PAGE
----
New models - Tesla - Model S - 70D
Tesla re-energises Model S range with 70D
New entry-level Tesla Model S 70D gets all-wheel drive and dual motors
9 Apr 2015
By TUNG NGUYEN
TESLA has released a new entry-level model in the form of the Model S 70D, which adds more standard features, a bigger battery and comes with all-wheel drive as standard.
Tesla's cheapest all-electric sedan now starts at $102,400 before on-road costs, a $6900 price jump from the outgoing Model S 60, which was priced at $95,500 before on-road costs.
However, to justify the price hike, Tesla has equipped the 70D with a larger 70kWh battery – 10kWh up on the 60's 60kWh battery – which increases the car’s reach by 50km. The 70D will, claims Tesla, travel up to 442km on a full charge.
Although no weight figures were released, the Model S 60 weighed in at a hefty 2005kg, while the dual motor-equipped 85D tips the scales at 2188kg, 80kg heavier than its single motor 85 sibling.
Tesla Australia marketing and communications manager Heath Walker said the new base-level Model S represents much more value for customers looking at getting into a Tesla.
“I think it's a pretty compelling offer, especially with supercharging included, which for the 60 used to cost money to put in the car,” he said.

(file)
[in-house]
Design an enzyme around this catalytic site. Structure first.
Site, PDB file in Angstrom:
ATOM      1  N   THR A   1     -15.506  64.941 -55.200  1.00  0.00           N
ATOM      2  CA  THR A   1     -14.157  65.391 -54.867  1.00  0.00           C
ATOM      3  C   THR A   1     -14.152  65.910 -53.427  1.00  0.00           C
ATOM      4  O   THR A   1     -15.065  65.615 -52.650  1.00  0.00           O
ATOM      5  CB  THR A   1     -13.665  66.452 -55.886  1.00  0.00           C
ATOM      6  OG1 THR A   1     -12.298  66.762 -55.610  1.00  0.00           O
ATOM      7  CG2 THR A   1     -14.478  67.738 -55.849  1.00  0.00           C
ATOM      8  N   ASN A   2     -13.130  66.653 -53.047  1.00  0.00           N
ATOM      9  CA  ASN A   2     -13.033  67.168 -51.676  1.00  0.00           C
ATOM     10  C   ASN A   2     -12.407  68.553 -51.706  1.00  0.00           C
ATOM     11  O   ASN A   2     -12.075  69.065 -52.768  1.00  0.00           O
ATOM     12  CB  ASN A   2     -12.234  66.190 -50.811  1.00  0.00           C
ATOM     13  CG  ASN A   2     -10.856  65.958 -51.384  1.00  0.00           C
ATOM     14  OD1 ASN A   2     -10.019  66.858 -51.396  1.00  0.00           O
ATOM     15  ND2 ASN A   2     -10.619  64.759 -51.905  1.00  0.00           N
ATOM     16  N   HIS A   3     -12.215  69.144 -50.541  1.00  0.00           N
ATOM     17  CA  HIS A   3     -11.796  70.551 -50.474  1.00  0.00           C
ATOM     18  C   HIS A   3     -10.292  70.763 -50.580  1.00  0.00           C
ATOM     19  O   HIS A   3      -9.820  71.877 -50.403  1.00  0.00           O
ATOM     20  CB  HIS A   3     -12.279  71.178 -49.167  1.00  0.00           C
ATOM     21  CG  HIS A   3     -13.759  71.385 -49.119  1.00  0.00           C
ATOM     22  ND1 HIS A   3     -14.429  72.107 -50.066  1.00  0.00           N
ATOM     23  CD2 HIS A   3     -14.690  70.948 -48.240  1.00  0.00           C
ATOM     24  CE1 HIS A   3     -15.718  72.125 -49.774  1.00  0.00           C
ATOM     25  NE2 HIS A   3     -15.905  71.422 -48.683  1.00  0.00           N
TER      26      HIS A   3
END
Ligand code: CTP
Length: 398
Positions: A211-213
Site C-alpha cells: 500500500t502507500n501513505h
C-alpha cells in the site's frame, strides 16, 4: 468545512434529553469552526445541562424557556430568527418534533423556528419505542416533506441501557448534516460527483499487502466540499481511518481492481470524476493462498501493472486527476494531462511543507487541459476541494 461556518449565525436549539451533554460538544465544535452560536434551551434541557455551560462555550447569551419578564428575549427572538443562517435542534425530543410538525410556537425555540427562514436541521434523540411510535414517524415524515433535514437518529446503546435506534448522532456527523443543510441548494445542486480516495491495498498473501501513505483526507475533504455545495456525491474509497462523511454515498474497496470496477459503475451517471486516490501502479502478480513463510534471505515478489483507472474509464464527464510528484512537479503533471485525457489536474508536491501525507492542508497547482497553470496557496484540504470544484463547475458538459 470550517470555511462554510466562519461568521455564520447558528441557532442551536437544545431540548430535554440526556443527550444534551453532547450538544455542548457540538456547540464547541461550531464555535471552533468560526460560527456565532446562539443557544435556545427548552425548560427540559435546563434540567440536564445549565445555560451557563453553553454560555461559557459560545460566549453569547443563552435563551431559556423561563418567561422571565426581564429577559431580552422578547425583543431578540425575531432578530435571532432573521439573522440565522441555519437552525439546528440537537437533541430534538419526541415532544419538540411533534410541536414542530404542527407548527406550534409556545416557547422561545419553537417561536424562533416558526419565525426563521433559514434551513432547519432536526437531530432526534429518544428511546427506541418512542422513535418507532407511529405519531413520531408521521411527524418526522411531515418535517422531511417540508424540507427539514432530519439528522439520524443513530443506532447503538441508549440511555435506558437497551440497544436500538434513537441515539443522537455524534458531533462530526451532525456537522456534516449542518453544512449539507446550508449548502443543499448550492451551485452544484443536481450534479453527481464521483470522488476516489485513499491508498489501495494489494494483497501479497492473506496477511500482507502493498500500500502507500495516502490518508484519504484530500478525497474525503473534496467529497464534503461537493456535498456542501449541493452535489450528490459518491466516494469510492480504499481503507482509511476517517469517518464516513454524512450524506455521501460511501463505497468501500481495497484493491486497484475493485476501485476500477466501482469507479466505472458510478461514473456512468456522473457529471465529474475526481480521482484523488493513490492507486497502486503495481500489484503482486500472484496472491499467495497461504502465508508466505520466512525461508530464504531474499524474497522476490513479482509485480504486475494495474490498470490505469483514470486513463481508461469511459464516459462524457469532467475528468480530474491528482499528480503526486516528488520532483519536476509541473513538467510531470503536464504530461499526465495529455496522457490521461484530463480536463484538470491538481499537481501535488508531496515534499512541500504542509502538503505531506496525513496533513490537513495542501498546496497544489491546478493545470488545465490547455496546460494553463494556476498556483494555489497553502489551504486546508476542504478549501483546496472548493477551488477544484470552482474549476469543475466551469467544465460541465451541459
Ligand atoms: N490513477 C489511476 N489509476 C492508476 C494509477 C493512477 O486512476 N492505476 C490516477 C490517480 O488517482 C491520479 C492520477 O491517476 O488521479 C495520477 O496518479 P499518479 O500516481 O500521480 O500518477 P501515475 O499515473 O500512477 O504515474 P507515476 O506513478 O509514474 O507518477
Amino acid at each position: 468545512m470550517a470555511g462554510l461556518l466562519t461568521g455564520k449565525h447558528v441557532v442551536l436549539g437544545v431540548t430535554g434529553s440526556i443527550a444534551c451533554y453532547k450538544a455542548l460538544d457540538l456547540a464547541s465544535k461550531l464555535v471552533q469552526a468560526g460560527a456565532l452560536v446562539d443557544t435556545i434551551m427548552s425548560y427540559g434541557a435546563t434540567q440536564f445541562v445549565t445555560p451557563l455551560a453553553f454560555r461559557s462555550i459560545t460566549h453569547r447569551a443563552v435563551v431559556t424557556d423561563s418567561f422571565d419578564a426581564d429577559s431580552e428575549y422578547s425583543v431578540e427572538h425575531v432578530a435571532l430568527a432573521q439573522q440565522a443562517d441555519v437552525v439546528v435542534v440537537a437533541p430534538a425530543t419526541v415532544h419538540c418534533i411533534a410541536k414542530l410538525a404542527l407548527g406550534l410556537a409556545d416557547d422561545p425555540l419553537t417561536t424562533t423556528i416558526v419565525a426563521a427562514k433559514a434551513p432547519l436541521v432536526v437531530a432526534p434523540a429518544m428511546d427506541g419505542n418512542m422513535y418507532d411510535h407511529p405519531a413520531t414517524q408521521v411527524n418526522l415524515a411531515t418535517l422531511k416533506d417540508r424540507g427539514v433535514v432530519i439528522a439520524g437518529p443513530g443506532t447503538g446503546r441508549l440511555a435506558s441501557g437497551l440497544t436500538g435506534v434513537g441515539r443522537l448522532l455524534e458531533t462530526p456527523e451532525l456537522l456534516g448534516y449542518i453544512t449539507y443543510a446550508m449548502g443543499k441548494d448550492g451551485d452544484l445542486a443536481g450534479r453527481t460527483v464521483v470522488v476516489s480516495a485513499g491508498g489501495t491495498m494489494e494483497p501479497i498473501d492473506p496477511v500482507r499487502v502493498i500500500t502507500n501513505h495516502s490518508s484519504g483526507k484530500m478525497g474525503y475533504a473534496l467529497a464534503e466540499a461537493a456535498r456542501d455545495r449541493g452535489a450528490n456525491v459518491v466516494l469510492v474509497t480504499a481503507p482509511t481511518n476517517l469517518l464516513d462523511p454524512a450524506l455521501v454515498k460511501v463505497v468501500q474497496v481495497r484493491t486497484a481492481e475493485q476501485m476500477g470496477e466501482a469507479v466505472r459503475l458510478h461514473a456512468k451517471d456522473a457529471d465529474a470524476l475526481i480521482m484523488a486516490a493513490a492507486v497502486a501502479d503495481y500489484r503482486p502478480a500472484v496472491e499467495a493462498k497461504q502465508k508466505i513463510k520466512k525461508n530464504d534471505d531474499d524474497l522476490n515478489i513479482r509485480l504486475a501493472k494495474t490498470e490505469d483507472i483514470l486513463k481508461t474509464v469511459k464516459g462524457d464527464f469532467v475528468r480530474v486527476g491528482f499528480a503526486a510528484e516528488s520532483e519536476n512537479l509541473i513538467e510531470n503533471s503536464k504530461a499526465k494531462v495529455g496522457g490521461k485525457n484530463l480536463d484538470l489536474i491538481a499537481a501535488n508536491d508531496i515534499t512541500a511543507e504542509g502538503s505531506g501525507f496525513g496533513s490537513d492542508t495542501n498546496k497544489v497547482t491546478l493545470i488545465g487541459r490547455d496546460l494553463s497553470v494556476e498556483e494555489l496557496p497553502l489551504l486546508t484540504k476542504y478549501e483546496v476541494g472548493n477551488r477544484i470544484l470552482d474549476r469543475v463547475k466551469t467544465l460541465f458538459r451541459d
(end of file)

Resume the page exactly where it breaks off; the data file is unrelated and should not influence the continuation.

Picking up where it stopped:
“It's not an exact comparison anyway, because you are getting so much more in the car, such as navigation and lane departure, plus you are getting the dual motor and an extra 50km of range.”
The 70D also has the benefit of all-wheel drive, thanks to a second electric motor that powers the front axle. It is similar to the all-wheel drive set-up found in the higher-spec 85D and the supercar-toppling P85D.
Combined power output now sits at 245kW – up from the 60's 225kW – which is enough to give the 70D a claimed 0-100km/h time of 5.4 seconds, 0.6 seconds faster than the outgoing Model S 60.
Each new 70D also includes satellite navigation, lane departure warning, parking sensors and automatic emergency braking as standard.
The 70D also has the ability to utilise Tesla's evergrowing supercharging network, which was an option on the Model S 60, meaning all new Teslas sold in Australia have access to quick-charge stations free of cost.
By using the supercharging station, a Model S can go from empty to fully charged in about an hour, while a half-charge will take about 20 minutes.
Currently, the only supercharging stations in service are in Sydney, with Tesla offering quick charging points at its dealership and The Star casino, despite the American brand opening a store in Melbourne's Chadstone shopping centre late last year.
However, plans are underway to link Melbourne and Brisbane by building stations within 200km of one another all along the east coast.
Without the use of a supercharger, a standard 240 volt outlet can recharge the Model S in about nine hours.
Tesla has recently announced a number of over-the-air updates for its Model S range, adding new features such as maps to recharging stations, and boosting performance via a simple software update.
All Australian Model S' come with a 3G SIM card, allowing access to these updates from almost anywhere in the country. Tesla covers the cost of data for four years.
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